I’ve watched Gudran Keoniger’s video now (Linked at the bottom – about 43 minutes in) – she explains it as the drones only have 20-25 minutes of flying before they need to refuel – so 5 minutes to a DCA needs 5 minutes home if he’s unsuccessful, which leaves him 10-15 minutes to find a queen at the DCA and mate. If a DCA is further away then it’s 10 minutes there and 10 minutes back – which leaves him 0-5 minutes to get together with a queen.
The queen can mate 10 times in a minute so the time at the DCA isn’t at important – it’s a much shorter time she needs to spend there – which means she can spend the full 10 minutes flying there and 10 minutes back!
At 15 miles an hour – then in 1 minute a bee can fly 1/4 mile.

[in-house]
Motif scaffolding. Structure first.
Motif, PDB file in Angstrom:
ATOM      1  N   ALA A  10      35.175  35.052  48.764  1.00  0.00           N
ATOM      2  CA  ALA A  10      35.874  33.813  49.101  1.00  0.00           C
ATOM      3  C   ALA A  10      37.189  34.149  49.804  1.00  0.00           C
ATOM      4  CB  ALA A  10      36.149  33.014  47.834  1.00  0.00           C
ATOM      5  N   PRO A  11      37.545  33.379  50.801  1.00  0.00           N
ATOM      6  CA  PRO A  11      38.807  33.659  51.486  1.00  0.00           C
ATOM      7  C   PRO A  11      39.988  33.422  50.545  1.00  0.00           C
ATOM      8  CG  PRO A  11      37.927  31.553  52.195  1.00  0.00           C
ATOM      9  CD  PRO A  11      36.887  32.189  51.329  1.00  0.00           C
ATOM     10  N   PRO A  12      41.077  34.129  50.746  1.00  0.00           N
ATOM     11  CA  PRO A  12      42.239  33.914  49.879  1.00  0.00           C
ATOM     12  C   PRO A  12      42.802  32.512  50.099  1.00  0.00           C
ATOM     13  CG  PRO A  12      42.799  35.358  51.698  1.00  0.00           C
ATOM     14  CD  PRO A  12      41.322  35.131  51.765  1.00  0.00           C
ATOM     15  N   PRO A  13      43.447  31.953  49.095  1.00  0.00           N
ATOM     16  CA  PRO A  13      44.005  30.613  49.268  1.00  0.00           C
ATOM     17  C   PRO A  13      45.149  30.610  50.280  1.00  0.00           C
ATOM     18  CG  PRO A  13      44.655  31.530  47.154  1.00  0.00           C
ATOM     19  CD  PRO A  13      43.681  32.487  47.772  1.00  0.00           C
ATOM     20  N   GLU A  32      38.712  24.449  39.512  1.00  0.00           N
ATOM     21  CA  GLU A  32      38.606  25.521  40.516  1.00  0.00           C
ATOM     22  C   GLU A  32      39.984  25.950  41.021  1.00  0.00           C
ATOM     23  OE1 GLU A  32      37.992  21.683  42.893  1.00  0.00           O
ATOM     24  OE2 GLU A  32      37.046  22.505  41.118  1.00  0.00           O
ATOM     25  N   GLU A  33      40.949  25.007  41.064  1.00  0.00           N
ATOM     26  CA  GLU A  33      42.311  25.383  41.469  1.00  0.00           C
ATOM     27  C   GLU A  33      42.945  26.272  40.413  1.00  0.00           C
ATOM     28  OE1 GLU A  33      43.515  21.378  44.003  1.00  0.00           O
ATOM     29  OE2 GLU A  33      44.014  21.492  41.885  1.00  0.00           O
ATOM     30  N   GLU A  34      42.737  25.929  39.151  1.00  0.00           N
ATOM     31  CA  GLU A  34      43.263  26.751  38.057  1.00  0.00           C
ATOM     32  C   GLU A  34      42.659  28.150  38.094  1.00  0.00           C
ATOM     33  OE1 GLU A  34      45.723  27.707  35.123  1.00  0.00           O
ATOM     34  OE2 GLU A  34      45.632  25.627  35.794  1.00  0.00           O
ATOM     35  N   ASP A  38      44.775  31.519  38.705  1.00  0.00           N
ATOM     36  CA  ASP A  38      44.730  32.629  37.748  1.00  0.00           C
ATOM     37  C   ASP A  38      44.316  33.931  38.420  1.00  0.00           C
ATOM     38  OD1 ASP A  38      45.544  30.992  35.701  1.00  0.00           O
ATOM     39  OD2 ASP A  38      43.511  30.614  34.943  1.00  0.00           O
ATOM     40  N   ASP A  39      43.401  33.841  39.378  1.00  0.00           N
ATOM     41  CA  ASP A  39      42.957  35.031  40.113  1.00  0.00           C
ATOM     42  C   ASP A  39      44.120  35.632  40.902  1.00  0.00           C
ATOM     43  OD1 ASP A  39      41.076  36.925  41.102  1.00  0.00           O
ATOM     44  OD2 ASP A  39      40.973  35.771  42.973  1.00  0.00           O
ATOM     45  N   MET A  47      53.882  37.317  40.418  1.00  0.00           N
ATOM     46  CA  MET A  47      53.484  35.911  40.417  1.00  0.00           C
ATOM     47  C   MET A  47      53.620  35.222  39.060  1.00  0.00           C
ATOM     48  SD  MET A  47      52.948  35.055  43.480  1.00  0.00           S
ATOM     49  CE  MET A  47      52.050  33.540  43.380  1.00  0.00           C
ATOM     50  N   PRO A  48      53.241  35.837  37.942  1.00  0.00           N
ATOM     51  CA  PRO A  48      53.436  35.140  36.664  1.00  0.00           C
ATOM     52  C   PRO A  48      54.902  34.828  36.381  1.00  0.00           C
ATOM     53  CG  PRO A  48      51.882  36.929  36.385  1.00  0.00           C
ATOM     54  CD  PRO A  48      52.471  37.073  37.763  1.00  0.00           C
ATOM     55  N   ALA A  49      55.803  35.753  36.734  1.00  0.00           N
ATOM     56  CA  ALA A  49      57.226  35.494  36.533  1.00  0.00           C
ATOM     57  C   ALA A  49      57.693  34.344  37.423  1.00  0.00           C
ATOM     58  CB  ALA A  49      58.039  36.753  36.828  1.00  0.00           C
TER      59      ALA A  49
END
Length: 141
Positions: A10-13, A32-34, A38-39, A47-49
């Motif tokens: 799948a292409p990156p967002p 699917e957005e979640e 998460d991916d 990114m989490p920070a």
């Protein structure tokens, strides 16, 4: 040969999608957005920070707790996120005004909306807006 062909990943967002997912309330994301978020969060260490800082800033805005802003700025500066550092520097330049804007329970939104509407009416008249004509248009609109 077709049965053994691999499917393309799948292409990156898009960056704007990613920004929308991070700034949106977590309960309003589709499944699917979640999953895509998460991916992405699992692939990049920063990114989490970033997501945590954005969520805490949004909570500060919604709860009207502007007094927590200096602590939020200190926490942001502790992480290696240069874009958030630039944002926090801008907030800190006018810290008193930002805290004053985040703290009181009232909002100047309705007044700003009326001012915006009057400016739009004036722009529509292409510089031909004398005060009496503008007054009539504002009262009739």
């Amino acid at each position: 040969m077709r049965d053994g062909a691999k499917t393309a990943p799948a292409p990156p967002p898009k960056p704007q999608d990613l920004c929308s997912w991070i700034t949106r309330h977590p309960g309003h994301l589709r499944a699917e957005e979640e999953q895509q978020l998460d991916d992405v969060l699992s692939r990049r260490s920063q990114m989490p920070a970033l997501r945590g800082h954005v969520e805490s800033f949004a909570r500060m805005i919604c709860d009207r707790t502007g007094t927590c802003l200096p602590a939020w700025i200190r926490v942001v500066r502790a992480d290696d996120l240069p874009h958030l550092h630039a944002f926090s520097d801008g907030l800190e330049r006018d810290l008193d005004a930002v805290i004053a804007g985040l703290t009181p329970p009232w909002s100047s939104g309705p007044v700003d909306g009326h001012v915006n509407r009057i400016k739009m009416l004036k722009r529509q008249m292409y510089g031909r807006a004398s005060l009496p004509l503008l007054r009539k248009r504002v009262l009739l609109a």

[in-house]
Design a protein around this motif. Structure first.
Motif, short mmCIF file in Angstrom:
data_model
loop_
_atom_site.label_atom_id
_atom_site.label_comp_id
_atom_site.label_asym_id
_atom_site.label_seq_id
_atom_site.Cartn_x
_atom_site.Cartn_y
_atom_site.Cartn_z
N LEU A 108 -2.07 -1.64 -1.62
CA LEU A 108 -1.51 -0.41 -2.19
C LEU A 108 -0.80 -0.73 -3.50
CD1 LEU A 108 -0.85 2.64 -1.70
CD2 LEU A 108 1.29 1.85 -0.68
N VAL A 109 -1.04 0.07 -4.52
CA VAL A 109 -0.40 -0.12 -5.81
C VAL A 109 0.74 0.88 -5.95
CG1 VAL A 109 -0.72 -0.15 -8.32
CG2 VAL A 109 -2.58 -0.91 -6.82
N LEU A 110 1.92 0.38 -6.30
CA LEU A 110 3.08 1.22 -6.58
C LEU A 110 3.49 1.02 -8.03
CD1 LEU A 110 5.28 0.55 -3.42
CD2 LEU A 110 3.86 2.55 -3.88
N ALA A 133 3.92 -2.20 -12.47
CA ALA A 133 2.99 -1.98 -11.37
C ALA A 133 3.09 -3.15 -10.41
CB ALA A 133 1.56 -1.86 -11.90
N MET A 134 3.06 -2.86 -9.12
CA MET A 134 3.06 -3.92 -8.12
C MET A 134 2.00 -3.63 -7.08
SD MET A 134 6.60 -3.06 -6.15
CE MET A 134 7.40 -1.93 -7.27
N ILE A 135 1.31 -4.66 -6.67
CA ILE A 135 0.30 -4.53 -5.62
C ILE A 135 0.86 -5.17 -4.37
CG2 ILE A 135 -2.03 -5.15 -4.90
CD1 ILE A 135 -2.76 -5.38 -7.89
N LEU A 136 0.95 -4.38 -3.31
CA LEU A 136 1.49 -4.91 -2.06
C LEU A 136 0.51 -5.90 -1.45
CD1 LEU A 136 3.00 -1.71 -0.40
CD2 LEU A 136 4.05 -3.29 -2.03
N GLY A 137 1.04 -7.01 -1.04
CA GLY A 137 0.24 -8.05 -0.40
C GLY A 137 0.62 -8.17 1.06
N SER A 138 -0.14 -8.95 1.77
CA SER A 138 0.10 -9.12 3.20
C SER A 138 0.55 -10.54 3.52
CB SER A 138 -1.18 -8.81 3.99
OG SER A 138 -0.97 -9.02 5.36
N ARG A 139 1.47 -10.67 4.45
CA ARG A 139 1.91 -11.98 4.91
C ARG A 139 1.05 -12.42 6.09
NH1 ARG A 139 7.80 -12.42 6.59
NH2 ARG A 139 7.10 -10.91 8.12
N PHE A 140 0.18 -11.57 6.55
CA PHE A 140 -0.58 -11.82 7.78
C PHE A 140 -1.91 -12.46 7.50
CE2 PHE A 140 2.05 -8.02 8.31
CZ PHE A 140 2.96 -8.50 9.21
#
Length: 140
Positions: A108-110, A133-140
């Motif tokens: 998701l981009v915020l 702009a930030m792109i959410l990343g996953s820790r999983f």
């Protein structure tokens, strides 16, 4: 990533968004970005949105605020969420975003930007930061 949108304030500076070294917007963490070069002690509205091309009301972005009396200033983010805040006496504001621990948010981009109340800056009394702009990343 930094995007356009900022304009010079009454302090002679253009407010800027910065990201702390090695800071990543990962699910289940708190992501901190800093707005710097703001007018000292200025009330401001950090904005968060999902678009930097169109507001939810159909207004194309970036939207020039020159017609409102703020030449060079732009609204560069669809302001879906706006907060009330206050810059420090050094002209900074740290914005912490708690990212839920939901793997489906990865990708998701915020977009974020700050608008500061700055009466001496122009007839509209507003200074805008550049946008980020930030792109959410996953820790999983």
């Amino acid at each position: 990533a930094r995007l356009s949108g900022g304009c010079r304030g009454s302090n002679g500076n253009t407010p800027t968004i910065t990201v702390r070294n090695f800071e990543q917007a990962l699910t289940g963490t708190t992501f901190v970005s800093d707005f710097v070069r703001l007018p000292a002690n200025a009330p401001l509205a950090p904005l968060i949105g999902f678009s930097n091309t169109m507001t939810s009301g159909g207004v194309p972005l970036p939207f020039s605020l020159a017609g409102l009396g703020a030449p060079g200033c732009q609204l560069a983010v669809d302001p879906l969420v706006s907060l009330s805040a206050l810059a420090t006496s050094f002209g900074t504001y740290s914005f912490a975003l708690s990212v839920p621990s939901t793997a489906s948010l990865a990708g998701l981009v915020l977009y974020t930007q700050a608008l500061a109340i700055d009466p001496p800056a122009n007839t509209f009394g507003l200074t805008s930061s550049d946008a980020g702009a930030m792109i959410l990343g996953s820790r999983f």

So the drone might fly 5 minutes x 1/4 mile which will be 1 1/4 miles
The queen might fly 10 minutes at 1/4 mile which is 2 1/2 miles
Larry Conner’s Bee Sex Essentials, he reports that virgin queens typically fly about a mile (1.6km) while drones from the same apiary usually congregate within a third of a mile (0.5km). (Seen in this thread https://beemaster.com/forum/index.php?topic=37004.0 )
Laidlaw says the queens and drones go to the same drone congregation areas.
This article by Jamie Ellis says: Although there
can be multiple DCAs in an area, drones typically prefer to go to
the DCA that is closest to their hive. In contrast, queens usually
prefer to visit DCAs further away from the hive, probably in an
effort to avoid inbreeding.
Ninety percent of the matings occurred within a distance of 7.5 km, and fifty percent
within 2.5 km. The maximal mating distance recorded was 15 km.
Peer, D. (1957). Further Studies on the Mating Range of the Honey Bee, Apis mellifera L. The Canadian Entomologist, 89(3), 108-110. doi:10.4039/Ent89108-3
Some matings occurred across distances up to 10.1 miles
In this research most mating flight durations were 15-20 min.
Says drones fly to distant DCA